Conservative treatment for whiplash includes immobilizing the patient’s neck in a well-fitting soft cervical collar; use of pain, anti inflammatory, and muscle relaxant drugs; and physical therapy.
Physical therapy (PT) helps to reduce muscle spasms, increase circulation, and encourage healing. PT can range from the following modalities: damp heat, ice, ultrasound, electric stimulation, and exercise to revive range of movement and build strength. Cervical traction might be included to the treatment strategy if symptoms persist. A cervical traction apparatus that was portable can be used at office or home. Trigger point injections including a local anesthetic may help relieve pain and tenderness.
If symptoms continue for more than 6 weeks, or new symptoms appear the patient’s condition is re evaluated. Extension injuries that are severe can damage the intervertebral discs included. Surgical intervention may in rare cases be required, when an intervertebral disc is influenced.
Surgical Interventions for Whiplash
Rarely does operation is required by the treatment of whiplash. Surgical intervention is considered in acute cases such as scapular, those presenting consistent neck or shoulder pain. The pain may indicate a rip within an intervertebral disc. Certainly one of these procedures could be performed, when intervertebral disc removal is required:
- Discectomy is the surgical removal of the entire piquing intervertebral disc or part.
- Microdiscectomy incorporates the usage of a microscope to magnify the surgical field during disc removal.
- Percutaneous surgical procedures enable disc removal via a small incision in the trunk. All these are generally not used in the cervical spine (neck) but have been used in the low back. Automated Percutaneous Discectomy is done under radiologic control while a cannula (hollow tube) having a rotating blade breaks up the disk. The disk fragments are subsequently removed by aspiration.
Spinal Instrumentation and Fusion provides long-term stability once the target disk is removed. These processes solidify and join the degree where an intervertebral disc has been damaged or removed. Instrumentation, the employment of medically constructed hardware including rods and screws, can be combined with Spinal fusion (arthrodesis) to permanently join two or more vertebrae.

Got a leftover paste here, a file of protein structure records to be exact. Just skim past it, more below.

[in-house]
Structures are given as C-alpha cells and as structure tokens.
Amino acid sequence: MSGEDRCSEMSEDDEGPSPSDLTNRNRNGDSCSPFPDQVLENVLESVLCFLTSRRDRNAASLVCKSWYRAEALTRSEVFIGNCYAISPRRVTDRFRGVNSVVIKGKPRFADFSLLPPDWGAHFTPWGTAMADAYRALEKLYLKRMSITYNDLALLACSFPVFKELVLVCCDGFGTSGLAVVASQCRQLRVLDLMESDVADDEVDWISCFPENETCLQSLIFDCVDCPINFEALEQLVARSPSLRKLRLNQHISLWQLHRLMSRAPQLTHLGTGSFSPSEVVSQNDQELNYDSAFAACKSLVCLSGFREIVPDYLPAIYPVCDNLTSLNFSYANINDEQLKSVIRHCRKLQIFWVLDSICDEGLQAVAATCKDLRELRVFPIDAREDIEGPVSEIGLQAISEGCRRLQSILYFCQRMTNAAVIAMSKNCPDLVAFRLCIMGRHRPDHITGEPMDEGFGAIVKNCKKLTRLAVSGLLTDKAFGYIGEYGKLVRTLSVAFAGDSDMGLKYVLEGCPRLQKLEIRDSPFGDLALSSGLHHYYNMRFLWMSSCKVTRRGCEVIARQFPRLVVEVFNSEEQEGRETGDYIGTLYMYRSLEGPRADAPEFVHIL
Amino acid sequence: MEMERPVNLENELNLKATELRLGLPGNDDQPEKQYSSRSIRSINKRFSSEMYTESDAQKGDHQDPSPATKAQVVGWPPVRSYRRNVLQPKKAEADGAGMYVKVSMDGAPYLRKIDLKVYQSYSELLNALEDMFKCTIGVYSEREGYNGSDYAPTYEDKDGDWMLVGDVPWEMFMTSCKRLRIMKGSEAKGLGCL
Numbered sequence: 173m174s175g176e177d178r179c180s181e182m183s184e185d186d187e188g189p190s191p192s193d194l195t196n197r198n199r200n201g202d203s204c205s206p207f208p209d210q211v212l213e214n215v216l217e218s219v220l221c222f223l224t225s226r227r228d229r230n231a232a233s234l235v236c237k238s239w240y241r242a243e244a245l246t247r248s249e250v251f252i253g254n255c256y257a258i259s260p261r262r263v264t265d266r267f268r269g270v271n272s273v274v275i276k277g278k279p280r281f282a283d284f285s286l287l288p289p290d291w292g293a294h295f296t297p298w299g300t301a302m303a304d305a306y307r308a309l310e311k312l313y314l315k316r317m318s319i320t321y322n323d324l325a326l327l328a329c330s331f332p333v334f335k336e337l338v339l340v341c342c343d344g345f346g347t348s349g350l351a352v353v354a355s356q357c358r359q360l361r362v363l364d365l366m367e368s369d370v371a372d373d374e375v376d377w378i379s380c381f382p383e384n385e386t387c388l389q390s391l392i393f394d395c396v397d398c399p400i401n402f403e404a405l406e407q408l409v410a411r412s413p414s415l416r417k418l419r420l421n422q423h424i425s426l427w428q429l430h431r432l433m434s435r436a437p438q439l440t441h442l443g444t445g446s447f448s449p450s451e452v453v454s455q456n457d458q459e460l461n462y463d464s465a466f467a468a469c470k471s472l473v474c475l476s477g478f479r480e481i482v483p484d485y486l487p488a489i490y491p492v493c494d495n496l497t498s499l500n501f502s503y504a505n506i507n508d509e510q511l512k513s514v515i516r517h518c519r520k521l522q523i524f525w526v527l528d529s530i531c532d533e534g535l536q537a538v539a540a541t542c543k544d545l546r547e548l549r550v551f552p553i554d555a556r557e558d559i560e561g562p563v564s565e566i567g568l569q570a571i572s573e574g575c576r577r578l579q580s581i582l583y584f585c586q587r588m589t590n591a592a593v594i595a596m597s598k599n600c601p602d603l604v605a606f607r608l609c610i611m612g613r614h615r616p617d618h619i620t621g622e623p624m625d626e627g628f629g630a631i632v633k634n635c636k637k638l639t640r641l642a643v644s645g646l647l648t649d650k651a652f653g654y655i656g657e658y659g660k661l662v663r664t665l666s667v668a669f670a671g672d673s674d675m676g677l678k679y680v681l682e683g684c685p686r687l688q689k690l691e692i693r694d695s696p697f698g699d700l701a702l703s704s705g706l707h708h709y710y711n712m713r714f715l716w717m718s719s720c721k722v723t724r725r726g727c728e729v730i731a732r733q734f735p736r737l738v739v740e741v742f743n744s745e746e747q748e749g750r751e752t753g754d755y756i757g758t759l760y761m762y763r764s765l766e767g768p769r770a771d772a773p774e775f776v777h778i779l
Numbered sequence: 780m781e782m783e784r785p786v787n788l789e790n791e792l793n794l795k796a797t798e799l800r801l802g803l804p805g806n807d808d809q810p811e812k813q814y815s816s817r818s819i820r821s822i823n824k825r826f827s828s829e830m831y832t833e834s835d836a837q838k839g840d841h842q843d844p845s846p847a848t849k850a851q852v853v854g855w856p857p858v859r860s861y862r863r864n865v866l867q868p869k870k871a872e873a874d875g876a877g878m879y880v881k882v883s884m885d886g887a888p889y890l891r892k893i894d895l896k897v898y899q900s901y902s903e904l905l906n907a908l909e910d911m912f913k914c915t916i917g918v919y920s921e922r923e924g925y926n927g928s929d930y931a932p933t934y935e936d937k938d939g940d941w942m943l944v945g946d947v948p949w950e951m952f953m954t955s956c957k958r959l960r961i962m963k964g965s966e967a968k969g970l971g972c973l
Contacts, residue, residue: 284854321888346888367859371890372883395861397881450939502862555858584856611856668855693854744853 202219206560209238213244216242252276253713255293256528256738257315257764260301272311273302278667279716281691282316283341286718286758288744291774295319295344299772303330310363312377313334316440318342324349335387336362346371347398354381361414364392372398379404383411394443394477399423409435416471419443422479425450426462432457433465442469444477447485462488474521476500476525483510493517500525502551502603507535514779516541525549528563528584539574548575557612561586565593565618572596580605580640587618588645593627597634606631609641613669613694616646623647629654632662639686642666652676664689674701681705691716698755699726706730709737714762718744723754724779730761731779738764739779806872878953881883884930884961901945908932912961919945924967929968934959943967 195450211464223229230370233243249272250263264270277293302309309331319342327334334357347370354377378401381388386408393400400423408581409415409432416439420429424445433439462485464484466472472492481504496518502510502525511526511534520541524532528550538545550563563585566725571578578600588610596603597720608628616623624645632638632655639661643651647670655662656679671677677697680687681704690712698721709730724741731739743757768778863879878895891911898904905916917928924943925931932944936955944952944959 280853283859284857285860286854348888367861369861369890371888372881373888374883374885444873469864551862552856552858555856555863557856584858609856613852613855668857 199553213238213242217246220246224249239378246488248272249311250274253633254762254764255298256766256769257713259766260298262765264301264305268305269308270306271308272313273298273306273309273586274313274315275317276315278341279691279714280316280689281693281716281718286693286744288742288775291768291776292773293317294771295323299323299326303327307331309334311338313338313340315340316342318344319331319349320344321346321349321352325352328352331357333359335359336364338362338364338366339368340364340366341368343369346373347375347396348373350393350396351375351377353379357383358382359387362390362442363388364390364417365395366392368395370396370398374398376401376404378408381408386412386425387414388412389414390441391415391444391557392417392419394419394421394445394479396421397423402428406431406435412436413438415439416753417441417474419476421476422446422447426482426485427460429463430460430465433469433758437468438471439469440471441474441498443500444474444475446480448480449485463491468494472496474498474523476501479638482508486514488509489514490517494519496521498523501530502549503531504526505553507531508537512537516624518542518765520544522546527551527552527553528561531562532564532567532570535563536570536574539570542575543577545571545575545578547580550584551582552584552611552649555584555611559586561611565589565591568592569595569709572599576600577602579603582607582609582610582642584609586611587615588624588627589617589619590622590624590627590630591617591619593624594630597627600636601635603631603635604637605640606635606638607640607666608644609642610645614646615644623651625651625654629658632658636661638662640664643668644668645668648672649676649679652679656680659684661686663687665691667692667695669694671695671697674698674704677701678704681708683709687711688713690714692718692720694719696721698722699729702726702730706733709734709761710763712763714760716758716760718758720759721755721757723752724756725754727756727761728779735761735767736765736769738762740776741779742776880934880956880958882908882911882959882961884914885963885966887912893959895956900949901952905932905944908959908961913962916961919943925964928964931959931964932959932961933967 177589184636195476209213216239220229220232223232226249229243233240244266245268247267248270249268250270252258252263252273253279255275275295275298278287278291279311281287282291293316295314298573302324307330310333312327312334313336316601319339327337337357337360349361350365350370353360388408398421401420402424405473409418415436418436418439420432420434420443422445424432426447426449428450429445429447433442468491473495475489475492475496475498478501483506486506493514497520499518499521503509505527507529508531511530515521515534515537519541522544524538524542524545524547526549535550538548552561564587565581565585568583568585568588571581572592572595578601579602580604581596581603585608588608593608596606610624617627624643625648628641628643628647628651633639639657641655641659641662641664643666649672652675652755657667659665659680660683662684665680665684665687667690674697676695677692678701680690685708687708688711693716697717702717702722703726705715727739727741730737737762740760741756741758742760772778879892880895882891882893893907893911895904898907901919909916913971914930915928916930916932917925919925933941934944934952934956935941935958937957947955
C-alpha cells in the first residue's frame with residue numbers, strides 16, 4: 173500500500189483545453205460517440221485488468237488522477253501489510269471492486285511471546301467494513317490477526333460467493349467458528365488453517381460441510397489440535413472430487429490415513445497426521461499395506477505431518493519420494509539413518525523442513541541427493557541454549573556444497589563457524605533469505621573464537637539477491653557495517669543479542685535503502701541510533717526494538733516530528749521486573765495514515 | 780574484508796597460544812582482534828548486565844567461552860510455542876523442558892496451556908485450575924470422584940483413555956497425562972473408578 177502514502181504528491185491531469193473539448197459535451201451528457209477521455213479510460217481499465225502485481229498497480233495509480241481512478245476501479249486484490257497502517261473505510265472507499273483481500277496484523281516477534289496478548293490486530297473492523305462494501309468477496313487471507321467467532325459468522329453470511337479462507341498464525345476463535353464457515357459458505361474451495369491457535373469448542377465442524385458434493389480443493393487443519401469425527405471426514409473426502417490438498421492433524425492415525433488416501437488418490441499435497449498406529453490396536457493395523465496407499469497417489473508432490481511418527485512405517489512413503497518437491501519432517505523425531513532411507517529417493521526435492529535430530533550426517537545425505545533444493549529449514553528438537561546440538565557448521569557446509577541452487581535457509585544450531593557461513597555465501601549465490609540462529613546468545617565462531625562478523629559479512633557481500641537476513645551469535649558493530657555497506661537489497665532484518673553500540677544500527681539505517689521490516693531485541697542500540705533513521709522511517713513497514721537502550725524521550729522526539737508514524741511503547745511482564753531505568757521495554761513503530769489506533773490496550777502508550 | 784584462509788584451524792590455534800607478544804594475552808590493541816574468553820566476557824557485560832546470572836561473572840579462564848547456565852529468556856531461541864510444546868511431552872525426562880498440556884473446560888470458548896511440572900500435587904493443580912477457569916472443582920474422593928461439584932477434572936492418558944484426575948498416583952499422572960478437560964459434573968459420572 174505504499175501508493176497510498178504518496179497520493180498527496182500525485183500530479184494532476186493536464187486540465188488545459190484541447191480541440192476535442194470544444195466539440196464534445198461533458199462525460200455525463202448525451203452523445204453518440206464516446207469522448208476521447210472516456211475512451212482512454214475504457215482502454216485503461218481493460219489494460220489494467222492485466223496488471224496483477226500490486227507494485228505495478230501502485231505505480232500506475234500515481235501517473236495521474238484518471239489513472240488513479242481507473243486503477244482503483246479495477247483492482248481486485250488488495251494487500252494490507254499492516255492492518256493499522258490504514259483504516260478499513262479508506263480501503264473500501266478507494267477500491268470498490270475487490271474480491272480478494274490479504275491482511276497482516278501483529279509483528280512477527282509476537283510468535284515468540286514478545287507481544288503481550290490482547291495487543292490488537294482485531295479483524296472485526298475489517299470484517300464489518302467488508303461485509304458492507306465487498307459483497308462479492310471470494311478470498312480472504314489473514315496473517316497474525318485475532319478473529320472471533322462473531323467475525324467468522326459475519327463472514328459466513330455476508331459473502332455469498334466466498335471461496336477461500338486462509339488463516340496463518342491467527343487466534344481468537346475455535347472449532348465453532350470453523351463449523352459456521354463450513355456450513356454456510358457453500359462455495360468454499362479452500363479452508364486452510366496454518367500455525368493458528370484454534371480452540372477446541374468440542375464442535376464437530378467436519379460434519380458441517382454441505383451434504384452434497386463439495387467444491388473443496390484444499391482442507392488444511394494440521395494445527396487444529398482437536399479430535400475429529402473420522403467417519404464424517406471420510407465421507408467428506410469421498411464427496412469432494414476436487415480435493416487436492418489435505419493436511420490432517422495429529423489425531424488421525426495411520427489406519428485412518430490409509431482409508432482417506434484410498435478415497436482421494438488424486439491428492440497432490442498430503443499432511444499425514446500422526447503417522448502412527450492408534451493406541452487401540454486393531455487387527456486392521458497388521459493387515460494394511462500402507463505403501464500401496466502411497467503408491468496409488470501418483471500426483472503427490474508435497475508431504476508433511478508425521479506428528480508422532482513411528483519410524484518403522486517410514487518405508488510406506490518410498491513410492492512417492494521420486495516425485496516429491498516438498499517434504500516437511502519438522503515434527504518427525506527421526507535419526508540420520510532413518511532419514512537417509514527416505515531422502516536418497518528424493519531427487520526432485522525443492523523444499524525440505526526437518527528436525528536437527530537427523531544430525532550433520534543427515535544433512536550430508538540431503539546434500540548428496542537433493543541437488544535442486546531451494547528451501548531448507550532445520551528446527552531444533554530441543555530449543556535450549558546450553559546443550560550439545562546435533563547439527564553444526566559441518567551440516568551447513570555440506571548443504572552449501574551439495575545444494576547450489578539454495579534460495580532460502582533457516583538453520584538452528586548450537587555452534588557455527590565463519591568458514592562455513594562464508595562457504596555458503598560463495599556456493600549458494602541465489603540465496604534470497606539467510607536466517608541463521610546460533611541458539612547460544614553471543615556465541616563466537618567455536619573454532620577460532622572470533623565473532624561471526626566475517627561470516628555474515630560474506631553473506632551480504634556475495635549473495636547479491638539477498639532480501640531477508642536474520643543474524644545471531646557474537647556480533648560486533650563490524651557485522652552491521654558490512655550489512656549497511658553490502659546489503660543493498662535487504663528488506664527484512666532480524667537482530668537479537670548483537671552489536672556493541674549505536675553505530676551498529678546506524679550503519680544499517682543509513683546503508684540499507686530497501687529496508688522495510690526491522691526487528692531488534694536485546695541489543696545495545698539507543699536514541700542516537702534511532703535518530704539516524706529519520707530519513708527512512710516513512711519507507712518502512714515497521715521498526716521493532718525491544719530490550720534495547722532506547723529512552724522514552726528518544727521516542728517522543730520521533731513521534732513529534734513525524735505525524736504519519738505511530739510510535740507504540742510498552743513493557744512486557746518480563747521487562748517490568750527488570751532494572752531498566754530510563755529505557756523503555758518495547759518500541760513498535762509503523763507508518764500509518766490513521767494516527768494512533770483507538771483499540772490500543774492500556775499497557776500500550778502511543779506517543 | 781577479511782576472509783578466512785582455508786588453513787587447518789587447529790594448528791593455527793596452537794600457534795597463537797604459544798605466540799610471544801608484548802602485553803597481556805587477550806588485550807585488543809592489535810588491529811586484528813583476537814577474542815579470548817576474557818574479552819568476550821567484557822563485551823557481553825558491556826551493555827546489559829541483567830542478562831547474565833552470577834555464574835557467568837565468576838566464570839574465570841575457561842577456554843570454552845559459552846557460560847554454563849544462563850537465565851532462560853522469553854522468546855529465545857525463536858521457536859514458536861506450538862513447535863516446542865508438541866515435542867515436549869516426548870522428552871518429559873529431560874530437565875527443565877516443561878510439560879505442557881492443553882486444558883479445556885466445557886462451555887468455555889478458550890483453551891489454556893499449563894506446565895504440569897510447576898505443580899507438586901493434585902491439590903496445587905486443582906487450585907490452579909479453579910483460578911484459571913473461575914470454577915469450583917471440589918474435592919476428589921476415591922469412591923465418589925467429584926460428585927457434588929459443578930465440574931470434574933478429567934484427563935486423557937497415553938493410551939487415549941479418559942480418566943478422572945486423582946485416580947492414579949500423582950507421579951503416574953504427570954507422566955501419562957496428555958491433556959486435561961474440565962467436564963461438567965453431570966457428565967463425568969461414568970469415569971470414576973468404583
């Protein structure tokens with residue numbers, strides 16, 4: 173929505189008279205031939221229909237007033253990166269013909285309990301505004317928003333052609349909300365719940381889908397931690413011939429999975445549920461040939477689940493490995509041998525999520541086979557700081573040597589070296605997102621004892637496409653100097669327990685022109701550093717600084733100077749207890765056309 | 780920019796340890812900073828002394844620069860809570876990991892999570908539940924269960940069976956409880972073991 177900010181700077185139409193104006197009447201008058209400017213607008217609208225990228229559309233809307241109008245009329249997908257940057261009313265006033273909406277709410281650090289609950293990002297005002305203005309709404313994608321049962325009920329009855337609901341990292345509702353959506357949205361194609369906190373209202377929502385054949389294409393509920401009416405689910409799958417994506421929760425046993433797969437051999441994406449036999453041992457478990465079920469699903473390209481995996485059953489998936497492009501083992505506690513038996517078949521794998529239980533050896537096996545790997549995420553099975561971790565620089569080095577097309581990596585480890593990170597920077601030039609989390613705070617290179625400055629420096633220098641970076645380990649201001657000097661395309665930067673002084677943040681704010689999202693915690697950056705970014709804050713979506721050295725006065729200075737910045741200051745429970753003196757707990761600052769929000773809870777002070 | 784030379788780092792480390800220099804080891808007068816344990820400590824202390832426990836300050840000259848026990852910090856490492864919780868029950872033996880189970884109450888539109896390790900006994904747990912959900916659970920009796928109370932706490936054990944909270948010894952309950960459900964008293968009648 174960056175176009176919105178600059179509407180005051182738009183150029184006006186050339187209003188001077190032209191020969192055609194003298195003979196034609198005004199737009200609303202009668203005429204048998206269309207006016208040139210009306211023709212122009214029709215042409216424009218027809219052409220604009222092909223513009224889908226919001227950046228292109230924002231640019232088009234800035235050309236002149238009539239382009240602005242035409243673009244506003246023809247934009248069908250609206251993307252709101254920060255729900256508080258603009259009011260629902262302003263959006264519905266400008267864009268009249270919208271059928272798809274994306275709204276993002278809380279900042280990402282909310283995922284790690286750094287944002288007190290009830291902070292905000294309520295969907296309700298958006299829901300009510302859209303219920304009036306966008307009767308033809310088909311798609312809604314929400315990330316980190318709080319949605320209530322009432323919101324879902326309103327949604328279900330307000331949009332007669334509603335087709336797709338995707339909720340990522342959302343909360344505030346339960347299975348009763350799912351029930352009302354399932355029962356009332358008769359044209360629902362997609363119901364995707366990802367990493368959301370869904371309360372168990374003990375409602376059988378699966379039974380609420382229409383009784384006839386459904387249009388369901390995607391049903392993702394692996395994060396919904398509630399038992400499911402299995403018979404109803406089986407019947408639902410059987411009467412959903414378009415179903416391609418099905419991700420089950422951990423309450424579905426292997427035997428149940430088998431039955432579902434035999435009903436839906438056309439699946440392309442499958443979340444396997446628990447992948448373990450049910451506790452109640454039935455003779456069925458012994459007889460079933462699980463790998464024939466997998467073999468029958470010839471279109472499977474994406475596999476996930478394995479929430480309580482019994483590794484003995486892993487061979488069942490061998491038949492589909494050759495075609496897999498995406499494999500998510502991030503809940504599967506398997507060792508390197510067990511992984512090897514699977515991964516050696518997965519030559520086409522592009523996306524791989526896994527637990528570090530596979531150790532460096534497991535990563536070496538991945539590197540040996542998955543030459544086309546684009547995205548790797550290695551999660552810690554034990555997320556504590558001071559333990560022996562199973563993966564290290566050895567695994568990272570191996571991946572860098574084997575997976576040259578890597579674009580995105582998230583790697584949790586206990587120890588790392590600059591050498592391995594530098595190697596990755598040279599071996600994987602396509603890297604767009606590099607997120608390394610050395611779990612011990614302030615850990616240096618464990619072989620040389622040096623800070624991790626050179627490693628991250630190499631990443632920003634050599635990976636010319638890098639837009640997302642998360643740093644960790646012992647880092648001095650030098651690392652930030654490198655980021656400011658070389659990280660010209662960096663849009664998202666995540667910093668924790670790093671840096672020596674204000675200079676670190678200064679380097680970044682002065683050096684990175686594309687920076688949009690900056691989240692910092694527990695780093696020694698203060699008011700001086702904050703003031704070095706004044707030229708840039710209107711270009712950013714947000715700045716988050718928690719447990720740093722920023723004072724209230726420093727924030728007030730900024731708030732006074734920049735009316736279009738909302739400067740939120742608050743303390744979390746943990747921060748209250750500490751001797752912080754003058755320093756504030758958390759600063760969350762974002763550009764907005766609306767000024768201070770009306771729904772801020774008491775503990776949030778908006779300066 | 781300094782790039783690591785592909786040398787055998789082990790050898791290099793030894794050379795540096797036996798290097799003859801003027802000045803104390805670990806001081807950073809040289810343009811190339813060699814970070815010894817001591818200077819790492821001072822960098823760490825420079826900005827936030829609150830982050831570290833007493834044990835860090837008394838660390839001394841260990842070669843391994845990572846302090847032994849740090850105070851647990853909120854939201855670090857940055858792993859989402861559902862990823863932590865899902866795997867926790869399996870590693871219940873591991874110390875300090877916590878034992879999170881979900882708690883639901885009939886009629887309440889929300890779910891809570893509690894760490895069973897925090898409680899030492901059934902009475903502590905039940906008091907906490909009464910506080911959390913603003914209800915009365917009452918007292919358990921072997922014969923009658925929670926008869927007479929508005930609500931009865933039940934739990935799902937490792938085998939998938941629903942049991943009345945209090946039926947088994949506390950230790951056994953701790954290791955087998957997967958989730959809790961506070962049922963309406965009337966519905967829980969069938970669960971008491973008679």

Throughout the recovery phase, the aim is really to help the patient resume normal activities at their pre-injury level.
The guidelines set forth by the spinal doctor and/or physical therapist should be followed. A house exercise plan is a key to rebuilding strength and increasing range of movement. It might be essential to continue physical therapy and modalities (e.g. damp heat) for a period of time.
Post operative pain or discomfort should be anticipated. Patient Controlled Analgesia (PCA) enables the patient to control their pain without hospital staff assist. PCA is eventually replaced by oral drug.
The individual could be encouraged to get up and walk the following day. Activity improves healing and circulation.
Physical therapy is added post-operatively empowering the individual to develop flexibility, strength, and increase range of motion. Physical therapy is generally continued on an outpatient basis for an amount of time. Furthermore, the therapist provides the patient with a customized home exercise program.
Prior to release in the hospital, the patient is given written directions and prescriptions for essential drugs. The individual ‘s care remains during follow-up visits with their spinal surgeon.
The scope of our information is limited to chiropractic and spinal injuries and conditions. To discuss options on the subject matter, please feel free to ask Dr. Jimenez or contact us at 915-850-0900 .
By Dr. Alex Jimenez
Additional Topics: Neck Pain and Auto Injury
After being involved in an automobile accident, the sheer force of the impact can often cause whiplash, a common type of neck injury resulting from the sudden, back-and-forth motion of the head against the body due to a car wreck, or other incident. Because of this, many of the complex structures found within the neck, including the spine, ligaments and muscles, can be stretched beyond their normal range, causing injury and painful symptoms.
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Dr. Alex Jimenez DC, MSACP, CCST, IFMCP*, CIFM*, ATN*
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